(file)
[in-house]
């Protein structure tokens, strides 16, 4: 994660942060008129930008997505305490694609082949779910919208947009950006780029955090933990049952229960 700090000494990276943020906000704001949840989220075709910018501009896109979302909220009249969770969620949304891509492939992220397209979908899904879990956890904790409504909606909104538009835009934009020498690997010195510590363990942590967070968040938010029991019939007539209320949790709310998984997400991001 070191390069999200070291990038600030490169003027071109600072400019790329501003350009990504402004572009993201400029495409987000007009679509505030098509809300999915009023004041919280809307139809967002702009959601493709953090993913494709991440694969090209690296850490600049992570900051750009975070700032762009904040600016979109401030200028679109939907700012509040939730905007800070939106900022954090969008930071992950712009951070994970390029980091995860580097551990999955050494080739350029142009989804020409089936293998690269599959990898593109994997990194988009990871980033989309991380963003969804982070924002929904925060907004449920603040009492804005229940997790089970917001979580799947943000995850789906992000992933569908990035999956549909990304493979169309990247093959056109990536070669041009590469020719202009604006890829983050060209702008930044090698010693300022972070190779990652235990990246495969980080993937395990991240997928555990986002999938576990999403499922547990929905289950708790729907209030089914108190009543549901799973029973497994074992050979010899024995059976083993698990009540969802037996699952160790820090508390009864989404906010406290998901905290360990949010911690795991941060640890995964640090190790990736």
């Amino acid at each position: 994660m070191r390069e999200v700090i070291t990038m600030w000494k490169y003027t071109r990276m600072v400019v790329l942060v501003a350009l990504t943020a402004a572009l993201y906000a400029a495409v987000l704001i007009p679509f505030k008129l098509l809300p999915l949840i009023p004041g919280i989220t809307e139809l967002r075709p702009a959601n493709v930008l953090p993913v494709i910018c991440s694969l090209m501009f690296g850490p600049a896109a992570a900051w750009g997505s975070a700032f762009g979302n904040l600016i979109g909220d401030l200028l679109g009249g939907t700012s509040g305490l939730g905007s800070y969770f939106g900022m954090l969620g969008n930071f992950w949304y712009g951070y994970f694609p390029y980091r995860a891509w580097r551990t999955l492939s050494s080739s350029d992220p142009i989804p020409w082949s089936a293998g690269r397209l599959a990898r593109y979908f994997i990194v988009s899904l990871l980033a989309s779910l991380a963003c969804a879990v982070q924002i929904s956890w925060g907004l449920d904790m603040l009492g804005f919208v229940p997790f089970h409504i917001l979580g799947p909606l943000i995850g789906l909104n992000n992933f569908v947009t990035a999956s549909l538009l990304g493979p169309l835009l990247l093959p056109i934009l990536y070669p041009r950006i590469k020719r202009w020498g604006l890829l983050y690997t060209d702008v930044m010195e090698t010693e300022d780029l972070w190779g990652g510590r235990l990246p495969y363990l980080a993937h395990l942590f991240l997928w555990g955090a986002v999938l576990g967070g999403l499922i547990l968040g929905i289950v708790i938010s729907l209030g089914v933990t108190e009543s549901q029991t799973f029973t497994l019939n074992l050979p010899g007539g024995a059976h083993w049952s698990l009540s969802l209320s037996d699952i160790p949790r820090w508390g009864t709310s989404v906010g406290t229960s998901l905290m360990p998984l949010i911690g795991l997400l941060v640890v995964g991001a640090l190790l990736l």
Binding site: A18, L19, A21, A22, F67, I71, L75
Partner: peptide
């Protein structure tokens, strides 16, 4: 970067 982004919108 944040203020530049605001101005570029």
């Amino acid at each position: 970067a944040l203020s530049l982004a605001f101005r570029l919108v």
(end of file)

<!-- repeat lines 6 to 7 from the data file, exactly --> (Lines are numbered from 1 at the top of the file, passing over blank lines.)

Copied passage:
């Protein structure tokens, strides 16, 4: 970067 982004919108 944040203020530049605001101005570029």
């Amino acid at each position: 970067a944040l203020s530049l982004a605001f101005r570029l919108v």